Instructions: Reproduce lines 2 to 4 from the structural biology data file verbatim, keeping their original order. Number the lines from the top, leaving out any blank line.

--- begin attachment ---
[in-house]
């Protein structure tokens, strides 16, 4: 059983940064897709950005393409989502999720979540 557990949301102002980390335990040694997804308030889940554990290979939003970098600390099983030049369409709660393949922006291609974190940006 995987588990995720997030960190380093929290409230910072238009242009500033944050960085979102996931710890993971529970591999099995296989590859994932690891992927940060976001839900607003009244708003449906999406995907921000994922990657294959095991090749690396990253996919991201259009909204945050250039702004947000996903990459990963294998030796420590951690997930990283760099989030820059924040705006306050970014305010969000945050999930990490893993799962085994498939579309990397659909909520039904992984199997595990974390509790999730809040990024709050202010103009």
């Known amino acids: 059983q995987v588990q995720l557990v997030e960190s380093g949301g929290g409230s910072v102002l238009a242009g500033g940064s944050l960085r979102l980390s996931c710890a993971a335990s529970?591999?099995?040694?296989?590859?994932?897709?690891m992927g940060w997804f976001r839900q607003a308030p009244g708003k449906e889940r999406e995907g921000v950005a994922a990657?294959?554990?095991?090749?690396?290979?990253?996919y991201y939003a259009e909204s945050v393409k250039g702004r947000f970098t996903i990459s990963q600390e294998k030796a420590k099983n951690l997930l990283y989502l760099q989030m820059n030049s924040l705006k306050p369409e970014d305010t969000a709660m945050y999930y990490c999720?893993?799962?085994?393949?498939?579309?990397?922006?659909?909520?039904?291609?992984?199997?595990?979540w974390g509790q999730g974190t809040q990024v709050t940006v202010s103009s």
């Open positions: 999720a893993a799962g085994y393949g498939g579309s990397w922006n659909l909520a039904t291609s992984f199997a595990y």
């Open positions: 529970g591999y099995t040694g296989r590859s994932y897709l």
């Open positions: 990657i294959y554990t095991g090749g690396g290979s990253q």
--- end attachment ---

């Protein structure tokens, strides 16, 4: 059983940064897709950005393409989502999720979540 557990949301102002980390335990040694997804308030889940554990290979939003970098600390099983030049369409709660393949922006291609974190940006 995987588990995720997030960190380093929290409230910072238009242009500033944050960085979102996931710890993971529970591999099995296989590859994932690891992927940060976001839900607003009244708003449906999406995907921000994922990657294959095991090749690396990253996919991201259009909204945050250039702004947000996903990459990963294998030796420590951690997930990283760099989030820059924040705006306050970014305010969000945050999930990490893993799962085994498939579309990397659909909520039904992984199997595990974390509790999730809040990024709050202010103009």
């Known amino acids: 059983q995987v588990q995720l557990v997030e960190s380093g949301g929290g409230s910072v102002l238009a242009g500033g940064s944050l960085r979102l980390s996931c710890a993971a335990s529970?591999?099995?040694?296989?590859?994932?897709?690891m992927g940060w997804f976001r839900q607003a308030p009244g708003k449906e889940r999406e995907g921000v950005a994922a990657?294959?554990?095991?090749?690396?290979?990253?996919y991201y939003a259009e909204s945050v393409k250039g702004r947000f970098t996903i990459s990963q600390e294998k030796a420590k099983n951690l997930l990283y989502l760099q989030m820059n030049s924040l705006k306050p369409e970014d305010t969000a709660m945050y999930y990490c999720?893993?799962?085994?393949?498939?579309?990397?922006?659909?909520?039904?291609?992984?199997?595990?979540w974390g509790q999730g974190t809040q990024v709050t940006v202010s103009s």
């Open positions: 999720a893993a799962g085994y393949g498939g579309s990397w922006n659909l909520a039904t291609s992984f199997a595990y």